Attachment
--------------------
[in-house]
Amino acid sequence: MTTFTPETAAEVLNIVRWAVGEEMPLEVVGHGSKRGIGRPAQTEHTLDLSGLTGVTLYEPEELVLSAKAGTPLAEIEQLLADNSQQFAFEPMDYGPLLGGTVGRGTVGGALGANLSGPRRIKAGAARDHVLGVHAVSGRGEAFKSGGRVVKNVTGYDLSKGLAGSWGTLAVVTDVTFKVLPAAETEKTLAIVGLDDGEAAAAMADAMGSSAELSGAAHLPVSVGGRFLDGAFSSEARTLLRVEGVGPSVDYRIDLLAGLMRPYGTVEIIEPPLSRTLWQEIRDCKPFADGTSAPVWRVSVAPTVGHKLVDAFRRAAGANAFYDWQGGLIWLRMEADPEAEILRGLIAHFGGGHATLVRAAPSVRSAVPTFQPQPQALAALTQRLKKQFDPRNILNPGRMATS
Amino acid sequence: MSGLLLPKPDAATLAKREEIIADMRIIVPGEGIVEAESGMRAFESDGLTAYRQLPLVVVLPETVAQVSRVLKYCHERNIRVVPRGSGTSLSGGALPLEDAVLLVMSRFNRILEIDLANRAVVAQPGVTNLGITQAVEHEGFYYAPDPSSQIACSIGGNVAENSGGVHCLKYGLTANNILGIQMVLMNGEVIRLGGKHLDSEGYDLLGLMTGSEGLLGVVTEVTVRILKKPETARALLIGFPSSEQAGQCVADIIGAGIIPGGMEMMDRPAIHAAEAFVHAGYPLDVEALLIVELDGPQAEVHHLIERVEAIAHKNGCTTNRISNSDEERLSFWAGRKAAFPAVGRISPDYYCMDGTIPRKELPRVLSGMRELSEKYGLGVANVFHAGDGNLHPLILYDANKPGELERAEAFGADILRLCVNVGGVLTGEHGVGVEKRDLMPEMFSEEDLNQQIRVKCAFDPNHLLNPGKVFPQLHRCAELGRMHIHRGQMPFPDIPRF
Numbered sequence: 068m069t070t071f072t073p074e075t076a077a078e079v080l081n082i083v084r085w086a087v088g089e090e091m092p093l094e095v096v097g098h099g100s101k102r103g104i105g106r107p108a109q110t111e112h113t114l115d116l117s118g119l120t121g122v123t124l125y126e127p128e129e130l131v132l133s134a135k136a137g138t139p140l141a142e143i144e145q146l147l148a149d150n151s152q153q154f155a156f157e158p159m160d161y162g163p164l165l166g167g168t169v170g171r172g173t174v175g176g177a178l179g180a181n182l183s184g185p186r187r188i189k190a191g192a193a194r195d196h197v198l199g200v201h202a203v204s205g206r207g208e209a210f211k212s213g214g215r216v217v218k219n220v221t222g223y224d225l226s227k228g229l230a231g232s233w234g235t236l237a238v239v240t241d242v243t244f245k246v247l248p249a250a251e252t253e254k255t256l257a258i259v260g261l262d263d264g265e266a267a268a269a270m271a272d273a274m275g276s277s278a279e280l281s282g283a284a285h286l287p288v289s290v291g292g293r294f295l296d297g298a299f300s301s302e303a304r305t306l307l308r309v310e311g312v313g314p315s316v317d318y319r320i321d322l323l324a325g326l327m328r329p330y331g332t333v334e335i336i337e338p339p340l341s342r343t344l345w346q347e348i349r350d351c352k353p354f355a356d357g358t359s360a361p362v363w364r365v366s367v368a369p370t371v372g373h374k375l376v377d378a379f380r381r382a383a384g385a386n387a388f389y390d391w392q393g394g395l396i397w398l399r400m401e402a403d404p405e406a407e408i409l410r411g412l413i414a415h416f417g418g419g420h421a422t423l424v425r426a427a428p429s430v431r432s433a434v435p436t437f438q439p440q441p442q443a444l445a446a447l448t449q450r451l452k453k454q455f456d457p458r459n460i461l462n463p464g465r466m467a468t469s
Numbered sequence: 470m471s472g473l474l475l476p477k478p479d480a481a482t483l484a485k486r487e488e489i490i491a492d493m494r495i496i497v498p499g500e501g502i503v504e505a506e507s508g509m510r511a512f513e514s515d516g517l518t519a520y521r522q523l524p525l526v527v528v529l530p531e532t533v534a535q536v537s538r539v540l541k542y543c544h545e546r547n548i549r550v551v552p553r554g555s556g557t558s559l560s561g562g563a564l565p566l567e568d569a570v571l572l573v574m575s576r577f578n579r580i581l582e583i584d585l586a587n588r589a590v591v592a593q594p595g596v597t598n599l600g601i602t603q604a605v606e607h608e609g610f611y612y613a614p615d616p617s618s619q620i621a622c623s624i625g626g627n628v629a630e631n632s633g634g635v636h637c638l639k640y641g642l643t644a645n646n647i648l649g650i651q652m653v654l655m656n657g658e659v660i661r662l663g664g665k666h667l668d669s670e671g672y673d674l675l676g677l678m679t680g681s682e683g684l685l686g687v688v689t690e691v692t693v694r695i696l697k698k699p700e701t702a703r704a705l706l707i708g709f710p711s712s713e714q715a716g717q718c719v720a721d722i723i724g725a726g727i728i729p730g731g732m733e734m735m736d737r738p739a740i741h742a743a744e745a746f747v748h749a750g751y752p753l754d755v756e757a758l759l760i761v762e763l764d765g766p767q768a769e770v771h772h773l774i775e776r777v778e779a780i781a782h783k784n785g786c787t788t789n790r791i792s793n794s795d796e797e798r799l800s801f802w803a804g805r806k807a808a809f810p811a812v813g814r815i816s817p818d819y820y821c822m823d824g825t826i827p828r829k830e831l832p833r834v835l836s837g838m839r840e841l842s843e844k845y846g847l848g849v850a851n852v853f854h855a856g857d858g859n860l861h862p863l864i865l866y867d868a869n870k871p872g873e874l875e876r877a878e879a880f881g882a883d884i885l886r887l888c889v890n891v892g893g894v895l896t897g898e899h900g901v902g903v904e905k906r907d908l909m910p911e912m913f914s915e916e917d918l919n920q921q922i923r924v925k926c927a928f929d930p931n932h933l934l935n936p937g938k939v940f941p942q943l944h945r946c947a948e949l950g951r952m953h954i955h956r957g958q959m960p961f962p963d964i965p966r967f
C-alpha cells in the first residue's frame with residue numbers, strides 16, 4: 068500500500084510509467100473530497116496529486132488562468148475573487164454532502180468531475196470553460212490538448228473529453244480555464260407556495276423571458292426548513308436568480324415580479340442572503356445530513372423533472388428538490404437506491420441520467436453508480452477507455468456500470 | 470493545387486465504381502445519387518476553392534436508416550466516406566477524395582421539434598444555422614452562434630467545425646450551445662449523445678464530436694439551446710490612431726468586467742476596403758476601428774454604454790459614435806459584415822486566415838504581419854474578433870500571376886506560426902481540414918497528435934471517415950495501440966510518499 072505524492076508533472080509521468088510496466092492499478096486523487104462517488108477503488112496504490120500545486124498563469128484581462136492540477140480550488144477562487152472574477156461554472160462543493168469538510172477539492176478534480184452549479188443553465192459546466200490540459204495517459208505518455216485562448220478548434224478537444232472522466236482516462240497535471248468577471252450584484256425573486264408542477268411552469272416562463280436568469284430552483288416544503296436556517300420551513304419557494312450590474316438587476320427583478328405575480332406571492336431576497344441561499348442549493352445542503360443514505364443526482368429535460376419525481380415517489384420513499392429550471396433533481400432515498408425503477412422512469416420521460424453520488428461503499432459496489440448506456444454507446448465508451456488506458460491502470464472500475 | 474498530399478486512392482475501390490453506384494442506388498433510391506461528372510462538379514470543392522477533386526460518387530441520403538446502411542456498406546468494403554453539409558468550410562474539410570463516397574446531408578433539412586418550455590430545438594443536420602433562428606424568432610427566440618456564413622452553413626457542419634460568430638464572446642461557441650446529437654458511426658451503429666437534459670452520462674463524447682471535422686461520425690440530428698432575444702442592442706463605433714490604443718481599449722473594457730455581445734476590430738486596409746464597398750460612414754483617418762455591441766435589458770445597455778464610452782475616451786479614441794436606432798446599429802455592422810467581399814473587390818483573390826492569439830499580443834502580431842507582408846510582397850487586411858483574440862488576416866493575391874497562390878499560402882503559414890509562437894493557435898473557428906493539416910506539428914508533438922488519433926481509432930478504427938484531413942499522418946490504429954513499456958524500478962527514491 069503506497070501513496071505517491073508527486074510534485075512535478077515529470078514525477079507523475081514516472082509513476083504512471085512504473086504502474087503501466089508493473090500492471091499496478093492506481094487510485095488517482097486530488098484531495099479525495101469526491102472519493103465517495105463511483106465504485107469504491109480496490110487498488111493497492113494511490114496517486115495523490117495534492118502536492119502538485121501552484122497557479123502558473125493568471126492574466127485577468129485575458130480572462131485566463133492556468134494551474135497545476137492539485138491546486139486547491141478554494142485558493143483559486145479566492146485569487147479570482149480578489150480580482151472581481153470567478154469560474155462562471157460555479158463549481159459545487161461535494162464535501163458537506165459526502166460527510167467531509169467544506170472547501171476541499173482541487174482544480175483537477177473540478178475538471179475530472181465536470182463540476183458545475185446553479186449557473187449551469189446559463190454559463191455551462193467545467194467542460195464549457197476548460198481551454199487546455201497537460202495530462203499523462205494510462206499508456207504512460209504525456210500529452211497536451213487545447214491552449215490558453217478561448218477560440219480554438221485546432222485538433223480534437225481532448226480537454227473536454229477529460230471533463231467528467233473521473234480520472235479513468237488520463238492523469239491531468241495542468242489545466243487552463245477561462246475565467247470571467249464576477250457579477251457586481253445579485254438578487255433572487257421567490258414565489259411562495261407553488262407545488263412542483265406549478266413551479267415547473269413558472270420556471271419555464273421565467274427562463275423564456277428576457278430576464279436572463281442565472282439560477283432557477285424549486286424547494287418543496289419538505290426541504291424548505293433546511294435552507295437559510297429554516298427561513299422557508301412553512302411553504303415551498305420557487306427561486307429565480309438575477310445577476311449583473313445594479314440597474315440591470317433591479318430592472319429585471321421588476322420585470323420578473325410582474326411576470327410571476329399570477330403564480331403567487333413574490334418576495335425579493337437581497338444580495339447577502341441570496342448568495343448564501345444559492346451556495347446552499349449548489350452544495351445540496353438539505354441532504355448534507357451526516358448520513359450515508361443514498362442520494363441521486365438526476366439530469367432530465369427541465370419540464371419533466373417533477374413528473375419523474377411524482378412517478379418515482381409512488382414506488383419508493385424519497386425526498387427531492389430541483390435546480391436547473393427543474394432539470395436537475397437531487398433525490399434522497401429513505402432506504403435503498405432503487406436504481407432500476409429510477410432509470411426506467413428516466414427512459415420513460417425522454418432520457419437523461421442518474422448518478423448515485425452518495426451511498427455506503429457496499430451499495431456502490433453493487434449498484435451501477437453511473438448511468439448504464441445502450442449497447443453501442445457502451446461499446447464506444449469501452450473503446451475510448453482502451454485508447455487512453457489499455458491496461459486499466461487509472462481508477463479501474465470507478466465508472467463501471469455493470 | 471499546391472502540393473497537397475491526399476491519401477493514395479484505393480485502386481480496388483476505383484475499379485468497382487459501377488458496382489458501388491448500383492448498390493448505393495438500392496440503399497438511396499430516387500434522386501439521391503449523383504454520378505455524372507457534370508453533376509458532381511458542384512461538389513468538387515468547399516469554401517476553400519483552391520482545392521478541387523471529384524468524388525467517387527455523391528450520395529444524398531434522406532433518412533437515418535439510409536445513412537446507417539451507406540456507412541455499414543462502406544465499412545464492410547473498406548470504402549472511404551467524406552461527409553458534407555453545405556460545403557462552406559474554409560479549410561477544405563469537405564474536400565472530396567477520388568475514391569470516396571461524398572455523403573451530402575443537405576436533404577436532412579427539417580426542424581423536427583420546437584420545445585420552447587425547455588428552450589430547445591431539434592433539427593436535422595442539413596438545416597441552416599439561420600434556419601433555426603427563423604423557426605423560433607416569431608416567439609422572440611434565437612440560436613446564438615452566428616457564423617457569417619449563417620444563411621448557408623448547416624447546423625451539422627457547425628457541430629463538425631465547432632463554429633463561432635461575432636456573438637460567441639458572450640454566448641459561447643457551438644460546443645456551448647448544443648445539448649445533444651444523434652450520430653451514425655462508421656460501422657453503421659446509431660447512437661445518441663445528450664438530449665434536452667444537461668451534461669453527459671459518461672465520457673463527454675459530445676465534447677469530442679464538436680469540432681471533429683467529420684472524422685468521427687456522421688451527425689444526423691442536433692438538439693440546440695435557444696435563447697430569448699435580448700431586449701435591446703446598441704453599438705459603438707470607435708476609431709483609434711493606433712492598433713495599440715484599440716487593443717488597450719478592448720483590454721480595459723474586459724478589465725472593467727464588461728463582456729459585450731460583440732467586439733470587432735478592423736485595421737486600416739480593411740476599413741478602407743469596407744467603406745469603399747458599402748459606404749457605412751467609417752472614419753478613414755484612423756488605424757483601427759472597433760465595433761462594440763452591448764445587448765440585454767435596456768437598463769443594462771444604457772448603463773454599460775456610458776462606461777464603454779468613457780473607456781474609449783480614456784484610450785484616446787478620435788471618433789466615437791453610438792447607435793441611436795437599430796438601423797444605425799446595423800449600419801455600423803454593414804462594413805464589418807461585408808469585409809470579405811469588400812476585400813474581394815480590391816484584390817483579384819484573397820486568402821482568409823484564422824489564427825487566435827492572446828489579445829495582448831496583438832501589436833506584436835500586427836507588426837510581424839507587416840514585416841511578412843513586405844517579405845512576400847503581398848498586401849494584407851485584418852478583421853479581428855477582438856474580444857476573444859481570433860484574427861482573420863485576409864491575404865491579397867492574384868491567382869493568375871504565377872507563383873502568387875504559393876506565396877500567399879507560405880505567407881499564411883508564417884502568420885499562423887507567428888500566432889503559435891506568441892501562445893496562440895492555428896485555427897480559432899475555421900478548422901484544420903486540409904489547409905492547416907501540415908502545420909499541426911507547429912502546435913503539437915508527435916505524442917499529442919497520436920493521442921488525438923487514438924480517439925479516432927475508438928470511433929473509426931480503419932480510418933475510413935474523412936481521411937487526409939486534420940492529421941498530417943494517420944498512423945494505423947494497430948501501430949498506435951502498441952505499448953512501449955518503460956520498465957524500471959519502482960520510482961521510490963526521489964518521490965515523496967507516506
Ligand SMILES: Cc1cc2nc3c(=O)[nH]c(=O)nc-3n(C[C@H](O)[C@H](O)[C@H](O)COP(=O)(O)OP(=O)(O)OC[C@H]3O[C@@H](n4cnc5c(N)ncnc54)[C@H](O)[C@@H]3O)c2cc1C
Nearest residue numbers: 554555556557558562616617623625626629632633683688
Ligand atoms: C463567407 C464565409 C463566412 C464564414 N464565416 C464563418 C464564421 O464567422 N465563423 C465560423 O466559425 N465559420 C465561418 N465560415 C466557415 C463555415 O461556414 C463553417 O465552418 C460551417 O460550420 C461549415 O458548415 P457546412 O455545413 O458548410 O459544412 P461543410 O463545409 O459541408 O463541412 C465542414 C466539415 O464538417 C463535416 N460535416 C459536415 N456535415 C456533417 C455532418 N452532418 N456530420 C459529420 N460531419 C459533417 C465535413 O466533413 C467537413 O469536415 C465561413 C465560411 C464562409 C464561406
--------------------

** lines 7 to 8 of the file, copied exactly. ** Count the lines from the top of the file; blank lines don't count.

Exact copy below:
Ligand SMILES: Cc1cc2nc3c(=O)[nH]c(=O)nc-3n(C[C@H](O)[C@H](O)[C@H](O)COP(=O)(O)OP(=O)(O)OC[C@H]3O[C@@H](n4cnc5c(N)ncnc54)[C@H](O)[C@@H]3O)c2cc1C
Nearest residue numbers: 554555556557558562616617623625626629632633683688